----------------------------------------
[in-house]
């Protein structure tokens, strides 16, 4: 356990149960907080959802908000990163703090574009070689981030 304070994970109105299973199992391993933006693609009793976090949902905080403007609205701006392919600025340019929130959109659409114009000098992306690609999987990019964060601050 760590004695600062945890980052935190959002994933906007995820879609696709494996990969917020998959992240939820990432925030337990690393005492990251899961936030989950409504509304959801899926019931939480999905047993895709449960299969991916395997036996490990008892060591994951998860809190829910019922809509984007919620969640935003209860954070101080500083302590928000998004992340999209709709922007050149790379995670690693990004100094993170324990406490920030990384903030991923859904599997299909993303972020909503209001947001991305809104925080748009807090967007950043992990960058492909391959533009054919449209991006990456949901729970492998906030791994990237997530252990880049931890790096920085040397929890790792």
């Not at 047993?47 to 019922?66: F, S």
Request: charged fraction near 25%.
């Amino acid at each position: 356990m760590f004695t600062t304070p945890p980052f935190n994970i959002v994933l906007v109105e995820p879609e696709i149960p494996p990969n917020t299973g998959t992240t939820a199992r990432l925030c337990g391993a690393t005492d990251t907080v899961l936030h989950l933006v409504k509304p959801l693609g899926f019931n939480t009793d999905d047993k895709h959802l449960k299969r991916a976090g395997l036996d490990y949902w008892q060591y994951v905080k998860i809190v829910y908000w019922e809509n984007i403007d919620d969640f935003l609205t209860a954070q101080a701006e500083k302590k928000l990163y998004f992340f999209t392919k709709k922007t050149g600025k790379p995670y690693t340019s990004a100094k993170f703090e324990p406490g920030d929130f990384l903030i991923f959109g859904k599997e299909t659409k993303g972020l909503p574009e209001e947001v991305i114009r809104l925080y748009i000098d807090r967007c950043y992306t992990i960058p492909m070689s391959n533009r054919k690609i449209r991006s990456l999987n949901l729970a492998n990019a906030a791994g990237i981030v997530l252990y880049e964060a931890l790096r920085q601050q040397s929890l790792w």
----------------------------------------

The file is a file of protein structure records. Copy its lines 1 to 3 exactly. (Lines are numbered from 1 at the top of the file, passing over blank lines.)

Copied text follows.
[in-house]
């Protein structure tokens, strides 16, 4: 356990149960907080959802908000990163703090574009070689981030 304070994970109105299973199992391993933006693609009793976090949902905080403007609205701006392919600025340019929130959109659409114009000098992306690609999987990019964060601050 760590004695600062945890980052935190959002994933906007995820879609696709494996990969917020998959992240939820990432925030337990690393005492990251899961936030989950409504509304959801899926019931939480999905047993895709449960299969991916395997036996490990008892060591994951998860809190829910019922809509984007919620969640935003209860954070101080500083302590928000998004992340999209709709922007050149790379995670690693990004100094993170324990406490920030990384903030991923859904599997299909993303972020909503209001947001991305809104925080748009807090967007950043992990960058492909391959533009054919449209991006990456949901729970492998906030791994990237997530252990880049931890790096920085040397929890790792």
């Not at 047993?47 to 019922?66: F, S």